As World Autism Day approaches on April 2, The Brock News will run a three-part series highlighting the efforts of three researchers in Brock University’s Centre for Applied Disability Studies, each of whom studies how Autism Spectrum Disorder (ASD) may be treated in individuals at different stages of the lifespan. This is the third part of the series.
A Brock University researcher is studying how treatments used on children with Autism Spectrum Disorder (ASD) affect individuals as they get older and move into their teen years.
Julie Koudys, an Assistant Professor in the Centre for Applied Disabilities Studies, along with her co-researchers, is working to determine how adolescents with ASD continue to be affected by the Intensive Behavioural Intervention (IBI) they received as children through Regional Autism Intervention Programs across Ontario.
The study builds on research completed five years ago, which examined outcomes for children with ASD immediately following and a few years after completing IBI. Koudys and her team are now revisiting these same participants 9-15 years after the completion of IBI.
“Many teens and parents involved in the study were doing well academically, socially and emotionally,” Koudys says of the study’s preliminary findings. “However, just as individuals who are diagnosed with an Autism Spectrum Disorder represent a diverse population, the ongoing challenges experienced by teens with ASD and their parents are varied.”
For example, access to appropriate services following the completion of IBI is often a challenge, especially for families living outside major cities.
Several parents also identified concerns that their teen was experiencing significant mood and anxiety symptoms — a concern consistent with existing research showing that individuals with ASD are at a higher risk for developing psychiatric diagnoses, such as ADHD or anxiety.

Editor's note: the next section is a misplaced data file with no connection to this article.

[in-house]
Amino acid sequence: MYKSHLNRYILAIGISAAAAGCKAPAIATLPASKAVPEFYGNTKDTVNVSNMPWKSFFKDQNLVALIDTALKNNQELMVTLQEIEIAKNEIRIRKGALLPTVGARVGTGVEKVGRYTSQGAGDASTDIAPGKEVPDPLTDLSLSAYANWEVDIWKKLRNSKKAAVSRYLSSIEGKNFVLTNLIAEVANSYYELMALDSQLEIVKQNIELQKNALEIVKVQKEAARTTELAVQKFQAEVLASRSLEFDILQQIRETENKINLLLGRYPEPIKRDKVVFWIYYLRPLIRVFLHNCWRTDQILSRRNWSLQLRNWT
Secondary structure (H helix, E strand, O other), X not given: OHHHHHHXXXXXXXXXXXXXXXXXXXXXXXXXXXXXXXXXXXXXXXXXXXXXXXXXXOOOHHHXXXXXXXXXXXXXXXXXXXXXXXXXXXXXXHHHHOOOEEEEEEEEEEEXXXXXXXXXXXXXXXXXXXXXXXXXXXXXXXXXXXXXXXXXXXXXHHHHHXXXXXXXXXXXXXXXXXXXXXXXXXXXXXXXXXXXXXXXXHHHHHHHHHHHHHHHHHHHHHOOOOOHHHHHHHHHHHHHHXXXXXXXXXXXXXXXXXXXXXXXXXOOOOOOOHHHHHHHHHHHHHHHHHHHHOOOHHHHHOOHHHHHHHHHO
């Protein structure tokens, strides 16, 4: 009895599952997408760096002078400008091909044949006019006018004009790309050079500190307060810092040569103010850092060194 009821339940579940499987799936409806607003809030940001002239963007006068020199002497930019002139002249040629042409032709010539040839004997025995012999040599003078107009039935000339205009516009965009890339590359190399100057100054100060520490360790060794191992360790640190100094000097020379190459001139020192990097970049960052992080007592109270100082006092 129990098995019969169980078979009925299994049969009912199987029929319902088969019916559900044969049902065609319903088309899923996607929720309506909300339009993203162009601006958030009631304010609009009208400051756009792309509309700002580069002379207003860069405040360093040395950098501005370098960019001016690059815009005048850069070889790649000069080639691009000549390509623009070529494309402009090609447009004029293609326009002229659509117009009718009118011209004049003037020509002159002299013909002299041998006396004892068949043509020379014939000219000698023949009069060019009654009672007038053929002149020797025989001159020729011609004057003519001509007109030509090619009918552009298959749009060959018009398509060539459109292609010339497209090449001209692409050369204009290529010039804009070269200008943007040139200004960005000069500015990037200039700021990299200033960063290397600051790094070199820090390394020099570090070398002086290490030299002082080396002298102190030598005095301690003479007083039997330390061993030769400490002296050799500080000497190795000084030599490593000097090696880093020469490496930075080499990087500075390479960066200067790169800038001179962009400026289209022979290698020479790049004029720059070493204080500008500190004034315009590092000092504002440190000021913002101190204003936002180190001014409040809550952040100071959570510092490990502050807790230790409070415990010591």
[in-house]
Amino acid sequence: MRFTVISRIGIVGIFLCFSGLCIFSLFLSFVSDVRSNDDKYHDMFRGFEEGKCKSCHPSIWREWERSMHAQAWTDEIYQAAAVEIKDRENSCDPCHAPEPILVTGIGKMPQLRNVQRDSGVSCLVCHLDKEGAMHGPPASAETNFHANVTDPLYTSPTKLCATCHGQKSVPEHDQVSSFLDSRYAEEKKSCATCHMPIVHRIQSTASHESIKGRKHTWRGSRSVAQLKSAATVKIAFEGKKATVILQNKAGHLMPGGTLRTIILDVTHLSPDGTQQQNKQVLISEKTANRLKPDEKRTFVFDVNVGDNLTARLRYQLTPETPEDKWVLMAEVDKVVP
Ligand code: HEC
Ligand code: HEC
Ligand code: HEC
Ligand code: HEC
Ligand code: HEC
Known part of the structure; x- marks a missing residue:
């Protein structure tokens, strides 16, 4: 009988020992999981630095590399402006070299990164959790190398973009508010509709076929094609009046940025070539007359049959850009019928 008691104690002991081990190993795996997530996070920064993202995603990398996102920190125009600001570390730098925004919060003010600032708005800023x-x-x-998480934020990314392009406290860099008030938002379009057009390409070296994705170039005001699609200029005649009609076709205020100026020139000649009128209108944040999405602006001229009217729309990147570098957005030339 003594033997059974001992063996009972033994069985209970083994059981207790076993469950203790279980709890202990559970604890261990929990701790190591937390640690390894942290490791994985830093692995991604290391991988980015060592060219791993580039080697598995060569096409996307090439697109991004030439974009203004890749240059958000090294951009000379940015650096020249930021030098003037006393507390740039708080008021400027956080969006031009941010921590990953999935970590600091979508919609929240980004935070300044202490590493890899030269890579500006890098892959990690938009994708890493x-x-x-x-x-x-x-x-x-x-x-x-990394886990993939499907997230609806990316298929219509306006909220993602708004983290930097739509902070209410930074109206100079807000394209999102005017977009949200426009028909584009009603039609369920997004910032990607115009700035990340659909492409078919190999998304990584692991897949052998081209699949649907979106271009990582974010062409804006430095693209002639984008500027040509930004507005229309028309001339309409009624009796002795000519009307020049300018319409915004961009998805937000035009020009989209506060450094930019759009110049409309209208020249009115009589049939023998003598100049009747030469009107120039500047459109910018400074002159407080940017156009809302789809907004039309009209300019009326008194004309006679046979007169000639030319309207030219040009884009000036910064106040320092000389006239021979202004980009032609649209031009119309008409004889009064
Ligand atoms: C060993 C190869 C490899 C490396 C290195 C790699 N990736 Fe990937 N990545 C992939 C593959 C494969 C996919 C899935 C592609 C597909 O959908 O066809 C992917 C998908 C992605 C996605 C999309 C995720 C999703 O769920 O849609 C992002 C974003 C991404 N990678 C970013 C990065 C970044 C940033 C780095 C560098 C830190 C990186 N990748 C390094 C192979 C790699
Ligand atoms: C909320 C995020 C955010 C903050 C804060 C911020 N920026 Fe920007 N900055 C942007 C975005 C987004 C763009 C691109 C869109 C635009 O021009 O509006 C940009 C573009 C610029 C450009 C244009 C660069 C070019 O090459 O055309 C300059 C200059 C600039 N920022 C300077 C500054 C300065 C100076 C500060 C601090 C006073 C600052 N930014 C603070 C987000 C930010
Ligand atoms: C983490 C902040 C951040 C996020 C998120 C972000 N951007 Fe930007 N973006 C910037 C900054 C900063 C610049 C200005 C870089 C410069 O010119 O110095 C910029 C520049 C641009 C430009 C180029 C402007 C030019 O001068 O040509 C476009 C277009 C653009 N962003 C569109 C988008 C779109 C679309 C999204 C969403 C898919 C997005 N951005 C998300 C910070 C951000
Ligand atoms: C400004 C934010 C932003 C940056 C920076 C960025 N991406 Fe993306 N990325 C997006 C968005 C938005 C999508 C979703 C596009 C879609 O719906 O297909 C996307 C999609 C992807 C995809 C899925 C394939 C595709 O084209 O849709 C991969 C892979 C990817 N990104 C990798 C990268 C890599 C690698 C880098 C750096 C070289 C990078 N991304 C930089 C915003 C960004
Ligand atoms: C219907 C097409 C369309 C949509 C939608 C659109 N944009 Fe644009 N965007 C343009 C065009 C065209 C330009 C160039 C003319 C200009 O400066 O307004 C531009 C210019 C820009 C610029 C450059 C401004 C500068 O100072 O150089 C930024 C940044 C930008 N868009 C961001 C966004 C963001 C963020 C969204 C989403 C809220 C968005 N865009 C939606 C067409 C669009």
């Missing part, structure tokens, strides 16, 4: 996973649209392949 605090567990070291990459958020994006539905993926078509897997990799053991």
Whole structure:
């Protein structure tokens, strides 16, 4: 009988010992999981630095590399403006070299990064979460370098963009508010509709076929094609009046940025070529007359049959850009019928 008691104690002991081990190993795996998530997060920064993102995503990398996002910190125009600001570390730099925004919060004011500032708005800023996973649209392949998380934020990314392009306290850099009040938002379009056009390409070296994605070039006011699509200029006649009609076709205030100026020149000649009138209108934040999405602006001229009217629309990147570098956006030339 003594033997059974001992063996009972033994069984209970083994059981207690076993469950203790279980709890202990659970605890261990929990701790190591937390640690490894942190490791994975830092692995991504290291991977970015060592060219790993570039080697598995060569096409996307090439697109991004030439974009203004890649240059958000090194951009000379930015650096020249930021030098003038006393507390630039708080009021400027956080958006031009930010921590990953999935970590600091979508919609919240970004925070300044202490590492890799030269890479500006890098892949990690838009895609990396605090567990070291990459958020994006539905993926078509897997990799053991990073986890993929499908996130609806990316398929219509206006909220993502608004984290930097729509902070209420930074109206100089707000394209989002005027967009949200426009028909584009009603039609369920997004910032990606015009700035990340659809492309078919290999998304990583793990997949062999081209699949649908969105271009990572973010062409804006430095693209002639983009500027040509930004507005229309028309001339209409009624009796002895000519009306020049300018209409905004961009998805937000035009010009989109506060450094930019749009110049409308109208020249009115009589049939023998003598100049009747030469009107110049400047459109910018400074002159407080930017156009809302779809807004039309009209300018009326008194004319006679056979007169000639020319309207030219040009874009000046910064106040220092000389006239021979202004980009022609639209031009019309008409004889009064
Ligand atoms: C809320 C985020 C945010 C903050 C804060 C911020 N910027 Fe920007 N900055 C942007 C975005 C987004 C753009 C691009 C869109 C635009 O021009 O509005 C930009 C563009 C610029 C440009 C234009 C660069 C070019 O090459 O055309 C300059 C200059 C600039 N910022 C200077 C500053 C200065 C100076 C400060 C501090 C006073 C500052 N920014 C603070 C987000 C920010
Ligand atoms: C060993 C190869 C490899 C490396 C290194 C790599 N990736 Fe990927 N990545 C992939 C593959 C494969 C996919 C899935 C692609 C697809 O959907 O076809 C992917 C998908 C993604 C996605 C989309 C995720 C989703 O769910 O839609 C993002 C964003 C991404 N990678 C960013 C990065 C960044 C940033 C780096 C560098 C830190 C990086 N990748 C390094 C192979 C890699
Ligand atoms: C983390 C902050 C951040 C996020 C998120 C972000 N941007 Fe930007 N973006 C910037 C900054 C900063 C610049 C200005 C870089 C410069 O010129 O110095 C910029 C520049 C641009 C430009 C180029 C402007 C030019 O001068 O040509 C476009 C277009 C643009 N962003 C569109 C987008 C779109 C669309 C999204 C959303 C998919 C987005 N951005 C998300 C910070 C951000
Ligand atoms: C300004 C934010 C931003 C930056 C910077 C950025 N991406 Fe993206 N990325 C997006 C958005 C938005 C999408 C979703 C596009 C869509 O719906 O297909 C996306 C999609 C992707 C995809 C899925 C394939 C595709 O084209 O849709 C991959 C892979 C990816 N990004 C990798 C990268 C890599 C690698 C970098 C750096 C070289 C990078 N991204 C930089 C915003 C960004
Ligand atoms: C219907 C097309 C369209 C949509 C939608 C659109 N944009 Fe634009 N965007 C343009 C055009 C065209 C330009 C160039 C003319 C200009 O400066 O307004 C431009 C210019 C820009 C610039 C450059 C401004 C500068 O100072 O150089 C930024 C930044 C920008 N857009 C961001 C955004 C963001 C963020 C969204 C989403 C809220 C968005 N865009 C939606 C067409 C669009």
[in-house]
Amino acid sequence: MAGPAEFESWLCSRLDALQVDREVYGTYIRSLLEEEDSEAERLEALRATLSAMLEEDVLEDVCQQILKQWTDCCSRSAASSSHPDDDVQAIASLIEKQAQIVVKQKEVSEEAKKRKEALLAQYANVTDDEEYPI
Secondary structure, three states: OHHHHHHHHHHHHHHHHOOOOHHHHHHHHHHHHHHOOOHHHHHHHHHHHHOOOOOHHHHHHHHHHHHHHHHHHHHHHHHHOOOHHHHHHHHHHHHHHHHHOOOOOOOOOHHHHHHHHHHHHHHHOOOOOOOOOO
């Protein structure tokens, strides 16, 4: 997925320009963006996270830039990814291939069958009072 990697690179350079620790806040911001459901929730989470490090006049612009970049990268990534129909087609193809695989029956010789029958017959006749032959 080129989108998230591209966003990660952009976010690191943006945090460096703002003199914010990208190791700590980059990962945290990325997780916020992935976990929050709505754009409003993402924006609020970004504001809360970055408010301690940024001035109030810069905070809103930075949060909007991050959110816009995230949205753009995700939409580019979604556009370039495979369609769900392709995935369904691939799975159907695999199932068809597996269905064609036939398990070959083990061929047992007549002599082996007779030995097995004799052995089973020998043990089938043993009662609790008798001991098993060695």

However, while results from prior studies indicate that around 70 per cent of teens with ASD may experience clinically significant mental health concerns, Koudys’s results paint a different picture. Teens who received IBI as children seem to fare better in terms of mental health concerns, about on par with their peers who don’t have ASD.
Koudys and her team are still in the process of analyzing the results, but plan to share their findings at various conferences this spring.
“We are particularly excited to share results at a conference hosted by one of the regional autism providers who participated in the study, which will include a presentation by one of the teen participants and his mother,” Koudys says. “This will allow the clinicians who were involved in the treatment of the study participants to learn about the overall study outcomes, and to hear about the lived experience of one of the teens and his mother.”
The results of the study may help parents understand more about the long-term outcomes of IBI, helping them plan for their child’s transition into adolescence and adulthood.
The findings should also inform service providers about the ongoing needs of teens with ASD and their families as they develop effective services for this population.
In the future, Koudys hopes to continue working with the study participants.
“To date, this is the largest, and longest, IBI long-term follow-up study conducted,” Koudys explains. “Many of the families expressed keen interest in participating in the study in the future. As such, we hope to continue to collect data to explore the outcomes at the completion of high school. We know that this is a difficult time for all teens, but less is known about how young adults who previously received IBI, manage the transition out of high school into adulthood.”